He isn’t comparing Cabrera to Bonds in any way. He is saying that there has actually been someone who hit this way before on the field. So saying “nobody has ever done this” isn’t accurate.

      I’m quite certain that Joe is awed by Cabrera’s hitting. I think we all are. However, there have been other people that have smacked the tar out of the ball in similar fashion. I thought Joe was incredibly careful to put about 10 PED-related caveats, although I’m also sure he knew that there would be an outcry, because anytime anyone mentions Bonds, A-Rod, etc. the mob starts dusting off the pitchforks and getting the torches lit….

      Why do so many people need to make the Trout / Cabrera thing a debate about stats? I used to think that everyone universally thought defense and baserunning counted. Just saying that they count towards a player’s value doesn’t seem so controversial.

    • BobDD says:

      uh yeah, defense and base running counts – what a novel concept

  18. Joe, it’s interesting what a firestorm you have caused by making a factual statement. As you said, you can add an asterisk if you’d like, but statistically, Barry Bonds was the greatest hitter ever, period. His .863 single season slugging percentage is the best ever. His .609 single season on-base percentage is the best ever. As of course is his 73 home runs, hit in a park that is notoriously difficult to homer in.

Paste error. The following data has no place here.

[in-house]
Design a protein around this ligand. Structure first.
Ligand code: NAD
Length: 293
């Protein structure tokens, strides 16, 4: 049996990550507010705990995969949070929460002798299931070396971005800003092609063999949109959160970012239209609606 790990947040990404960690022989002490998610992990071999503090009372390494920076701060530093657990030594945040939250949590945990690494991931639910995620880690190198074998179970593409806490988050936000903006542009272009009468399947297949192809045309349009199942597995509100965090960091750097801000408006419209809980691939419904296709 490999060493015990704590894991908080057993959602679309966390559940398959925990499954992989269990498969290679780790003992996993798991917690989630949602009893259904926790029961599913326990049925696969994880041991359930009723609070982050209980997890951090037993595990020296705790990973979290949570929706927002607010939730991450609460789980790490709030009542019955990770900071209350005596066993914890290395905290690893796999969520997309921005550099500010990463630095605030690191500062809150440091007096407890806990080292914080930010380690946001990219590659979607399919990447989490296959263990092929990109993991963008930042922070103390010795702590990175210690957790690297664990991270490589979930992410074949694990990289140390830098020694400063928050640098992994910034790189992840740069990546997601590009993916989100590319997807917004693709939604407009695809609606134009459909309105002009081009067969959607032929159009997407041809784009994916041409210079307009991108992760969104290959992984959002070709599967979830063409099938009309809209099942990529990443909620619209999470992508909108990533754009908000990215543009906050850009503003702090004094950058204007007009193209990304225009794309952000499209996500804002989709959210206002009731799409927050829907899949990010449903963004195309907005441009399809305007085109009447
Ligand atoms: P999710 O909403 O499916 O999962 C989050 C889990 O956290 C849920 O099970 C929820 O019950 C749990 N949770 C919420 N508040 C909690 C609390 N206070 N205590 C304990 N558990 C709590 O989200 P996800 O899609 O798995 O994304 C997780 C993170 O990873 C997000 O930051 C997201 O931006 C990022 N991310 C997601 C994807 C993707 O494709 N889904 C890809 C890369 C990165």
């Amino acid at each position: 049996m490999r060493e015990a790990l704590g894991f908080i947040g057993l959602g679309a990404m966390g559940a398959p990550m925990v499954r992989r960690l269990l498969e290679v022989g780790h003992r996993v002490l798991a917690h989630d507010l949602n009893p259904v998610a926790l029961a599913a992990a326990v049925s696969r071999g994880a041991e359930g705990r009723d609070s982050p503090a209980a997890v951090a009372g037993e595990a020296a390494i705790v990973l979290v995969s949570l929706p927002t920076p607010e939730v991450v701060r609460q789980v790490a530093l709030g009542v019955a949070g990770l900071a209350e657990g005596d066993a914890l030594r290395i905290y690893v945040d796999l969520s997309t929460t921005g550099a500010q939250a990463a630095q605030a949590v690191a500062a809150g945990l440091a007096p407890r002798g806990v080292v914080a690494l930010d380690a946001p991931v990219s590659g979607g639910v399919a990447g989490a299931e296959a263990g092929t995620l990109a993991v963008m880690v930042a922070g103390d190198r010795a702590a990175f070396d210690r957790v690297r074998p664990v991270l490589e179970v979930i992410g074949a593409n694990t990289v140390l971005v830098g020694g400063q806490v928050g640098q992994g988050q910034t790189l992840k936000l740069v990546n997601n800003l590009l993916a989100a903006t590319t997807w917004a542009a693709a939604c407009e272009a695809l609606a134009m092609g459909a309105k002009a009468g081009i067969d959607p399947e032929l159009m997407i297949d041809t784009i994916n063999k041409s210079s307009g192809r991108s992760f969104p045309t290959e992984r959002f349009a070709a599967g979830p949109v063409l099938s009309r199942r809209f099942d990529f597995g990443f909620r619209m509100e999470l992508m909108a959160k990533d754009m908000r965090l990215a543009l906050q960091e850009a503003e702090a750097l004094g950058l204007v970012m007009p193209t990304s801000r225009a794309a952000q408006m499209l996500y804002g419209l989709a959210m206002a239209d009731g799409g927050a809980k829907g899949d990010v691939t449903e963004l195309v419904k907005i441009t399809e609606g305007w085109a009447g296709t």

What made it even more amazing was that Bonds did it while getting almost nothing to hit. The year Bonds hit 73 homers, he had 177 walks. Turn those walks into real at-bats and Bonds hits 84 homers. His plate discipline and pitch recognition were as off the charts as his power. Which is the saddest thing about the steroid shadow hanging over Bonds—it obscures the legitimate baseball skills that enabled him to do the otherworldly things he did.

    The other thing that people tend to forget about Bonds was that for most of his career, he choked in the post season. His OPS for his first 6 post season appearances were .542 .392 .868 (inflated by walks) .647 and .653. Plus he couldn’t even throw out Sid Bream at home plate.

    The Giants somehow missed the playoffs the year he hit 73 homers, but in 2002, at the age of 37, he became Godzilla in the playoffs, with an OPS in 3 series of 1.233, 1.318, and 1.994. That to me is the real difference between the pre-steroid and post-steroid era Bonds. They were both Hall of Fame caliber players, but one of them needed the juice to get it done when it counted the most.

  19. David Fryman says:

    The crazy thing about Bonds (perhaps also tragic) is that you don’t even need his PEDs years to compare him to Cabrera. Bonds put up those kind of eye-popping number in the early 90s while playing Gold Glove defense and stealing 40 bases a year. If you just replace his PEDs stats with mediocre ones, he still makes most all-time top-10 lists.

  20. Robert says:

    This whole thing is because there are lots of people who think what they just saw is the whole enchilada.
    We heard the same thing about “not having seen anything like this” with Pujols, not a few years after Bonds had done more.

    BTW, if you know how to push the right buttons with the “I only believe what I saw last” crowd, you can make easy money off them through betting.

  21. KHAZAD says:

    I think Barry Bonds saved baseball.